What is a secondment?
A secondment is where an employee is assigned by an employer to temporarily work for another company or organisation. An employee may be seconded for the purpose of training, exchange/sharing of knowledge/experience between companies, and to meet the workforce needs of another understaffed company (due to employees going on maternity leave, etc.).
If the employee is assigned to work for another company (“Host”), does that mean that the Host is now the employer?
No. Secondments are of a temporary nature and do not alter the employment relationship between the employee and the transferring company (“Employer”). This is so even if the Host exercises control and direction in the manner in which the employee carries out his or her work, and pays the employee’s wages during the secondment period, it is still up to the Employer to make such arrangement (e.g. the Employer reimburses the Host for the wages paid) with the Host.
In Comex Services Asia Pacific Region Miri v Grame Ashley Power  2 ILR 34, referring to The Law of Industrial Disputes, Vol. I, Third Edition by O.P.Malhotra), the Industrial Court explained the legal effect of a secondment:
“…so long as the contract [of employment] is not terminated, a new contract is not made, and the employee continues to be in the employment of the original employer. Even if the employer orders the employee to do certain work for another person, the employee still continues to be in his employment. The only thing that happens in such cases is that the employee carries out the orders of the master; hence he has the right to claim his wages from the employer and not from the third party to whom his services are lent or hired. It may be that such third party may pay his wages during the time he had hired his services, but that is because of his agreement with his real employer. However, this does not have the effect of transferring the service of the employee to the other employer…”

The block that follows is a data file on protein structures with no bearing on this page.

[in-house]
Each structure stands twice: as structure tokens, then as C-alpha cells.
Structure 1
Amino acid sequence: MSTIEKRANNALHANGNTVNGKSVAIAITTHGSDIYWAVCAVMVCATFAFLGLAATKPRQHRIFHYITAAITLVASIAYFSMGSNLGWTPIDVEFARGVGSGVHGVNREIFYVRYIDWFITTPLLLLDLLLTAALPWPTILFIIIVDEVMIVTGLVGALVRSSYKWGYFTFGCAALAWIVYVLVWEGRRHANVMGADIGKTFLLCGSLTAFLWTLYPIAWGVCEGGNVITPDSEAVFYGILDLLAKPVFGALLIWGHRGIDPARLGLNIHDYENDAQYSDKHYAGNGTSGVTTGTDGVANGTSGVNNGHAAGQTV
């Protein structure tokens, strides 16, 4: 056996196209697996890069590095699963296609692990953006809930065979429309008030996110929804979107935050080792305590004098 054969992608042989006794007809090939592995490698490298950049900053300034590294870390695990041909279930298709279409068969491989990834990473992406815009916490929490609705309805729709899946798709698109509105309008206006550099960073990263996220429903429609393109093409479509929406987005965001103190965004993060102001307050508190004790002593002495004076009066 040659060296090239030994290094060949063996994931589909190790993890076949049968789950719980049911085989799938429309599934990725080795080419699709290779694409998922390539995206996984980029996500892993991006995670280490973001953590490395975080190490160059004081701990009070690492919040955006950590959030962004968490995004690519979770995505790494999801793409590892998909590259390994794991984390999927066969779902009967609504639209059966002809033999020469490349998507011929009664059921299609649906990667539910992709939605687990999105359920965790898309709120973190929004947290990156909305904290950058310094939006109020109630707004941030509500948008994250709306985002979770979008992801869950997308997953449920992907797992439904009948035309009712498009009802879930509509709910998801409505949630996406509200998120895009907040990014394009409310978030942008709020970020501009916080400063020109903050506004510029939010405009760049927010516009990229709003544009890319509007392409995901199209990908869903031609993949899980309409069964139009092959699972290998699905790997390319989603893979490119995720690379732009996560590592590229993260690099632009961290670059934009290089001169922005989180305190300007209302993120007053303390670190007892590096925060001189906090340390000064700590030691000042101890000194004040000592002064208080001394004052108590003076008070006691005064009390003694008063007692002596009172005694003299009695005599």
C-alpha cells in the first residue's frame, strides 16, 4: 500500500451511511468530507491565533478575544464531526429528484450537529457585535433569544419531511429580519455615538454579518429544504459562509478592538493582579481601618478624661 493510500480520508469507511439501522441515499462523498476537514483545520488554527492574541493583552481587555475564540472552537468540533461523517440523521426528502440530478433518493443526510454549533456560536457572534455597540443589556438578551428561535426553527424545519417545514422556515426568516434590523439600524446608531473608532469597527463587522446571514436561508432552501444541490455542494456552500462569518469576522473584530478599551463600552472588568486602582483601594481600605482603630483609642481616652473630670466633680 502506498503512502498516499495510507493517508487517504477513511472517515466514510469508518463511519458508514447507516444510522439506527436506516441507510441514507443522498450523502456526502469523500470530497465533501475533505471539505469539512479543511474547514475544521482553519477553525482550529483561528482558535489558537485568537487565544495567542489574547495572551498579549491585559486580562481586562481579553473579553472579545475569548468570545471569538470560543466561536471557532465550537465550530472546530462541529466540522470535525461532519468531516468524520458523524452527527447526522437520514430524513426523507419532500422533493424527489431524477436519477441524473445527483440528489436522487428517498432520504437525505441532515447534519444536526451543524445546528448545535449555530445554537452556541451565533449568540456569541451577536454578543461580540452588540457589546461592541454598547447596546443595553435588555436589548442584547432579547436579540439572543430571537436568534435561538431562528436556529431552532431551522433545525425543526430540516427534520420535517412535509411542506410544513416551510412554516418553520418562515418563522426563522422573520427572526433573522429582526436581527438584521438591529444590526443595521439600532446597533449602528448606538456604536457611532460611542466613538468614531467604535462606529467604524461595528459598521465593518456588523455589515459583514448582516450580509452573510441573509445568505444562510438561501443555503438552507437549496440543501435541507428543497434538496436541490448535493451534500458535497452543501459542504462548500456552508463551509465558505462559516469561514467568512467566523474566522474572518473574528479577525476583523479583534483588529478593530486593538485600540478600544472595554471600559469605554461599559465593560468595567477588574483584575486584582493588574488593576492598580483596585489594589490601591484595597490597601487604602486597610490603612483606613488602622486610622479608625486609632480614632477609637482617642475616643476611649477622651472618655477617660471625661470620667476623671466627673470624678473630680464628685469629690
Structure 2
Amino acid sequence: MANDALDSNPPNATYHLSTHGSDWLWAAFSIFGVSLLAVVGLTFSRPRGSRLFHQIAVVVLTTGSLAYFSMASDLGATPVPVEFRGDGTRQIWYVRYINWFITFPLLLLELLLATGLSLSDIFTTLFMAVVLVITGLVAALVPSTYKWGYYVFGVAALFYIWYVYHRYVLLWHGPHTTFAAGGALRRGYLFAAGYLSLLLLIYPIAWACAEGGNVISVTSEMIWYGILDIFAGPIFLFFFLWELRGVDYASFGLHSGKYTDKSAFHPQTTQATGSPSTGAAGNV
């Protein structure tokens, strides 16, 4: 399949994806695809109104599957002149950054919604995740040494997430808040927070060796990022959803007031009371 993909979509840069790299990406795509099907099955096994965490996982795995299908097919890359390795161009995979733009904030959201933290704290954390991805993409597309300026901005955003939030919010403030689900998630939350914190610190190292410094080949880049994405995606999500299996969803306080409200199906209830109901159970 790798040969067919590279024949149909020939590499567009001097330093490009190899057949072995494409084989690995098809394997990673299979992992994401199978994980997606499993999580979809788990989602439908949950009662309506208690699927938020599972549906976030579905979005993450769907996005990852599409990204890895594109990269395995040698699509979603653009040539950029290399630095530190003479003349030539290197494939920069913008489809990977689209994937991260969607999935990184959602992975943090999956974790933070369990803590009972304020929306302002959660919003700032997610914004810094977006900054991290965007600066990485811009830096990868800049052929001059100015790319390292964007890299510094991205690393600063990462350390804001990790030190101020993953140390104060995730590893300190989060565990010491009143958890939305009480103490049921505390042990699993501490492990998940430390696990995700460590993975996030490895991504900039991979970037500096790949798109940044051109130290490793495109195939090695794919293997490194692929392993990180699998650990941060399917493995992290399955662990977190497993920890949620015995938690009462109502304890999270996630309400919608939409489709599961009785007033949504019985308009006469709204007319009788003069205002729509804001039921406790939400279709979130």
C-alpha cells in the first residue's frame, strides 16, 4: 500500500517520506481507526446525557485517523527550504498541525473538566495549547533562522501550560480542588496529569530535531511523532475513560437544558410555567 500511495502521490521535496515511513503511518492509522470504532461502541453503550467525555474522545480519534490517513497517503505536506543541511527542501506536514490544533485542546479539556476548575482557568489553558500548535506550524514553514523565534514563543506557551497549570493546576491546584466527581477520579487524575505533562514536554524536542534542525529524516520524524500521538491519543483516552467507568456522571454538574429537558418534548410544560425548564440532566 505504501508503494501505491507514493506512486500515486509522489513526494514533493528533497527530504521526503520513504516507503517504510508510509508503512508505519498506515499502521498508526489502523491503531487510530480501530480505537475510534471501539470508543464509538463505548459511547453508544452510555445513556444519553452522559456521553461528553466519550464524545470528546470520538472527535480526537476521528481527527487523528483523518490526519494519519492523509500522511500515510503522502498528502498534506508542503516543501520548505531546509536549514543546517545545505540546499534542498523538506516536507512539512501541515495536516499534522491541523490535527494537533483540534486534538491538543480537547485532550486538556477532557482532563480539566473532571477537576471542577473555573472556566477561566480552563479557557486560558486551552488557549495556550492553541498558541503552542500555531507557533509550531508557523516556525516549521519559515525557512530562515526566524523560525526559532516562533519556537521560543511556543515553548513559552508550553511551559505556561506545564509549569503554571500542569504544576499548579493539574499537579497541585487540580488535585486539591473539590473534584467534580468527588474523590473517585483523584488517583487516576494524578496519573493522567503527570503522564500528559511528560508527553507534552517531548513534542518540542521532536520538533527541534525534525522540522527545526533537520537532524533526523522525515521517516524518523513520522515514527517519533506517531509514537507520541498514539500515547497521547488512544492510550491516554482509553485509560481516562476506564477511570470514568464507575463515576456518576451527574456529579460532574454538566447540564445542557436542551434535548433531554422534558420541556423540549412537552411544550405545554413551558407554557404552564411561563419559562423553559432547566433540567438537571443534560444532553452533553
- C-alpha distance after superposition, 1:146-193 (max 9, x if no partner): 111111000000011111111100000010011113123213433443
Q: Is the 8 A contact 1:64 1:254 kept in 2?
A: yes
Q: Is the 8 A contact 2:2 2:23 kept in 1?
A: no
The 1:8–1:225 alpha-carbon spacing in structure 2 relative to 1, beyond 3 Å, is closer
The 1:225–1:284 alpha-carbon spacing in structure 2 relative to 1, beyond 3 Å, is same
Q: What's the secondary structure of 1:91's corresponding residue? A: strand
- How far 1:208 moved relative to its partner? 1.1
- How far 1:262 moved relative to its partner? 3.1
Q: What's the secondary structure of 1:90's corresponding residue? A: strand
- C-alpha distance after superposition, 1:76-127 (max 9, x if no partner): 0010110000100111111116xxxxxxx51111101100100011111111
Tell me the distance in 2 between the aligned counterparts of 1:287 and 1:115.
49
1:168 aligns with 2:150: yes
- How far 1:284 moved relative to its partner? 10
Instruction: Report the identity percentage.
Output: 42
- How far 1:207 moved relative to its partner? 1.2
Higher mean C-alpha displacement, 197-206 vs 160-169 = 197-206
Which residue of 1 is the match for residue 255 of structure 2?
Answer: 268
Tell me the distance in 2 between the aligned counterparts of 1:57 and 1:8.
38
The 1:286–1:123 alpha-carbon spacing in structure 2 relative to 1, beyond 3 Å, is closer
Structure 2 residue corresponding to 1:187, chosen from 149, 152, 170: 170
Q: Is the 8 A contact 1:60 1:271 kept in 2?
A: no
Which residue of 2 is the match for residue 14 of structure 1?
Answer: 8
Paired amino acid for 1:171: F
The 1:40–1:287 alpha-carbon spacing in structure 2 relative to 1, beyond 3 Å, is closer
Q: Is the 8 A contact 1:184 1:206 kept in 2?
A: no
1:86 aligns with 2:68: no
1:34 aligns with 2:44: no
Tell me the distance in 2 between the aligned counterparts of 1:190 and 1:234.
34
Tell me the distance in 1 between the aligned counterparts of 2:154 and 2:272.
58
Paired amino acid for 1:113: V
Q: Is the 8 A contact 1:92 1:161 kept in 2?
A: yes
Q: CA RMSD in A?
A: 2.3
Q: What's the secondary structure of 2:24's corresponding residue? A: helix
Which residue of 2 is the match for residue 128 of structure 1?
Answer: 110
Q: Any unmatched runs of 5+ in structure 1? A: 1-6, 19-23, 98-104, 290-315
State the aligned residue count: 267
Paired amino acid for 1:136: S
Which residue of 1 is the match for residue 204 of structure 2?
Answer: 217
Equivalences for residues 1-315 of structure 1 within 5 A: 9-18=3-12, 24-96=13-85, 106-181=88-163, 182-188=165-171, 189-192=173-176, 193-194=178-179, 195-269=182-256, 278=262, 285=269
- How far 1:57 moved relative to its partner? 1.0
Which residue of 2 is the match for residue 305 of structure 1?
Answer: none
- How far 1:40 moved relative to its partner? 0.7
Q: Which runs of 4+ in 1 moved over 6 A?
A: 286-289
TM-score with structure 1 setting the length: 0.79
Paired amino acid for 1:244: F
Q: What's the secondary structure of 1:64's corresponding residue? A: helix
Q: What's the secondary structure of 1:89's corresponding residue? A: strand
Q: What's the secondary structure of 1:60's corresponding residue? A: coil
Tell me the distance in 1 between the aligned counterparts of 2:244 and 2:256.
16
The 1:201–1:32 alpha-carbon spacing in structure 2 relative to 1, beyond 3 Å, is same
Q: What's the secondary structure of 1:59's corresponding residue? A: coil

Since the aforesaid employment relationship is not altered by the secondment, the onus is still on the Employer to discharge all of the statutory obligations of an employer, such as contributions to EPF, SOCSO, EIS, etc.
What is the difference between a secondment and a transfer?
A secondment is a temporary arrangement which does not affect the employment relationship between the Employee and the Employer. A transfer usually means a permanent transfer, and where the transfer is made from one company to another, the law deems it to be a termination of employment with the first company and re-employment with the second company. Read our previous article on transfers to learn more.
Who can fire the employee during the secondment? Is it the Host or the Employer?
As the employee remains an employee of the Employer during the secondment, it is the Employer (not the Host) who has the right to discipline (or dismiss) the employee. While the Host may exercise control and direction over the employee during the secondment, if the employee fails to carry out the Host’s directions, the Host cannot dismiss him immediately but can only complain to the actual Employer. It is then up to the Employer to determine whether the Employee should be disciplined or dismissed.
Can an employee refuse the secondment?